The general population is now relatively well informed about prostate cancer. In fact, there is so much literature in the public domain on prostate cancer that it can be difficult to keep ahead of our patients. This article tackles some of the common questions
general practitioners are faced with on a day-to-day basis and gives the evidence to support the answers.
- There is now good evidence to support dietary changes that may reduce the risk of developing prostate cancer. These changes include reducing fat intake; taking selenium, lycopene and vitamin E supplements; and avoiding excess calcium.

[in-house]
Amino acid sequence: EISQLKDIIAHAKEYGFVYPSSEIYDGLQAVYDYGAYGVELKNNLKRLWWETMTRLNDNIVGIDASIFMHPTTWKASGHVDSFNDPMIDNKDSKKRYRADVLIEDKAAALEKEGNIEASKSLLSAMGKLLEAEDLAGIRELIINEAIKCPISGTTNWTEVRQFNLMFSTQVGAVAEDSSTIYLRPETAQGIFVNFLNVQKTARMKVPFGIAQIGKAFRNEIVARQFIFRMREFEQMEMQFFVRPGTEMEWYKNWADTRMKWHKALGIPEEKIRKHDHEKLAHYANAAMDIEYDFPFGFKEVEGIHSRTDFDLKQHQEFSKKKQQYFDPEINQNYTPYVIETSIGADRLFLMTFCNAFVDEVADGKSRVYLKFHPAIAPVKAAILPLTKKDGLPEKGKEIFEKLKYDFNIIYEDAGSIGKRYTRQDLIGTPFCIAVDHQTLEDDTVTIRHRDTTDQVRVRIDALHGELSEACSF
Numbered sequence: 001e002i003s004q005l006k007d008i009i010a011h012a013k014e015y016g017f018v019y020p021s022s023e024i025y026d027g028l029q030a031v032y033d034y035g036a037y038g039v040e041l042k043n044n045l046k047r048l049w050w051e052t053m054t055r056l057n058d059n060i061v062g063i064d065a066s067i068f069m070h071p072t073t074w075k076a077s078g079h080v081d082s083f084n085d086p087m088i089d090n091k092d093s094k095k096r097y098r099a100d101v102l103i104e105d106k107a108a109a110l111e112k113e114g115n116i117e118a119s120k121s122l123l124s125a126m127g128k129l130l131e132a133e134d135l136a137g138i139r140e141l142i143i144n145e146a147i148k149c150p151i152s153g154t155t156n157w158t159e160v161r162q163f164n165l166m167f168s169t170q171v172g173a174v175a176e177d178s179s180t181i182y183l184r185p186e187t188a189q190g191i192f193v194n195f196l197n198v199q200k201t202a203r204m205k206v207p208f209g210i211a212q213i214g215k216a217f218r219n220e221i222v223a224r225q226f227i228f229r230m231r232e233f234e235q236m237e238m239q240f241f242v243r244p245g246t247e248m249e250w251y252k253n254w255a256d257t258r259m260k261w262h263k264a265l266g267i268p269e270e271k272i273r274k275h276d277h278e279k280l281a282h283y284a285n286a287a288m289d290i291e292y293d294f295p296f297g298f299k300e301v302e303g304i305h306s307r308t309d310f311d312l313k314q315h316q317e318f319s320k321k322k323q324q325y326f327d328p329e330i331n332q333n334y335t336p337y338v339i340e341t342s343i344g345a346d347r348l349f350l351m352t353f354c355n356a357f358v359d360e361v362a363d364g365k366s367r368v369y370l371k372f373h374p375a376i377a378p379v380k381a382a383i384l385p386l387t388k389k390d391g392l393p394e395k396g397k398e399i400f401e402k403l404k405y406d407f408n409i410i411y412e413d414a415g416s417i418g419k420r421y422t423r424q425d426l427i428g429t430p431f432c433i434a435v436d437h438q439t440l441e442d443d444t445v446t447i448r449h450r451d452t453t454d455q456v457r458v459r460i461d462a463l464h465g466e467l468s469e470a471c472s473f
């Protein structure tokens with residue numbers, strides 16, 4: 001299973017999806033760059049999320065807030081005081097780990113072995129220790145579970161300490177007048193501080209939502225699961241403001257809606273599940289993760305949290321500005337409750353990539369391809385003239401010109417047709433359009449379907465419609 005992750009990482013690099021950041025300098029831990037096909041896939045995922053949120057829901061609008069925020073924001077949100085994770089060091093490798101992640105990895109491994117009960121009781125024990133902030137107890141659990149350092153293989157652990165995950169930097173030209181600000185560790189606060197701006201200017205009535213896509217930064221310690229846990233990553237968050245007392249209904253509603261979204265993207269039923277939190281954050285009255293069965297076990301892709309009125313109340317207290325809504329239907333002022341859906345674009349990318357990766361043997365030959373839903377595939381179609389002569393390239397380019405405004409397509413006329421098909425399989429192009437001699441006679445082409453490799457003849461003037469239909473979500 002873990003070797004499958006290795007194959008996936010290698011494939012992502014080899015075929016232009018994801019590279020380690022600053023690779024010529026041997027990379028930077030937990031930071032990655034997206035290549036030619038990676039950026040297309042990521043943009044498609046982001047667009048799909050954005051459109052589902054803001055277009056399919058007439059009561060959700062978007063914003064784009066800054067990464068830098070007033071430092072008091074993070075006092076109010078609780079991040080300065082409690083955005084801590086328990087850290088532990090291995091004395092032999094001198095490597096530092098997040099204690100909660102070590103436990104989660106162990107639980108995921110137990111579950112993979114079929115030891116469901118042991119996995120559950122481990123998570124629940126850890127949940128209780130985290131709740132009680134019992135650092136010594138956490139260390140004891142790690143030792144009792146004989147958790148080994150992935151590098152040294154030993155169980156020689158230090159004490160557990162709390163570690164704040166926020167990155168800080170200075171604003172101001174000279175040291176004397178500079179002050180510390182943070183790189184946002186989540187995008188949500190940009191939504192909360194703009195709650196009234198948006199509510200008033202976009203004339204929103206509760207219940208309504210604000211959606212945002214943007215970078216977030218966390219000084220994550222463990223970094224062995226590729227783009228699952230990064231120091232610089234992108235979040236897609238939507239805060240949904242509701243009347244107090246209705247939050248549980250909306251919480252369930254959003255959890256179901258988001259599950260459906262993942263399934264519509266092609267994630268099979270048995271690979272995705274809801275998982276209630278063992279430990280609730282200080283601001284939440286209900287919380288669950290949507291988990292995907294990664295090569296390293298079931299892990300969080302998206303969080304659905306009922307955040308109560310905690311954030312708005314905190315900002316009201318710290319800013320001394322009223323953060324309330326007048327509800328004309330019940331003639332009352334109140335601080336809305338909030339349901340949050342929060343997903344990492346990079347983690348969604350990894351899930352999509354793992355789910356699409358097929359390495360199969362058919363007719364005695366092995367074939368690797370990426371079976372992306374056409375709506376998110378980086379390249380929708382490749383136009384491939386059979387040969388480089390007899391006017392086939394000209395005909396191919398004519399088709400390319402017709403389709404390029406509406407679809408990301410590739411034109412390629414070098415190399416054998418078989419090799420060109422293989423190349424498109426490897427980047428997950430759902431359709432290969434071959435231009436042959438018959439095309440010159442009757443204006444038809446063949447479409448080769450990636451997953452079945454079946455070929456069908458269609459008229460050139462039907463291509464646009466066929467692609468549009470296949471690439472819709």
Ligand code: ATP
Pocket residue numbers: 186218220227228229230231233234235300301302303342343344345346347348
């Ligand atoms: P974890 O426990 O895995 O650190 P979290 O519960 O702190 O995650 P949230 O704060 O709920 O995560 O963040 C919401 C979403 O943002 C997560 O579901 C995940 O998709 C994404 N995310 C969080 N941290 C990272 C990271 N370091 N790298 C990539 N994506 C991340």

- The aim of modern prostate cancer diagnosis is to use all the available information to ensure that only those patients with a significant cancer undergo biopsy.
- Not all patients with prostate cancer need treatment, and there are now useful nomograms to help determine those who really need treatment and those who can be actively surveyed.
- There are so-called ‘ideal patients’ for the different modalities of treatment. This helps in the guidance of patients to the best treatment for them.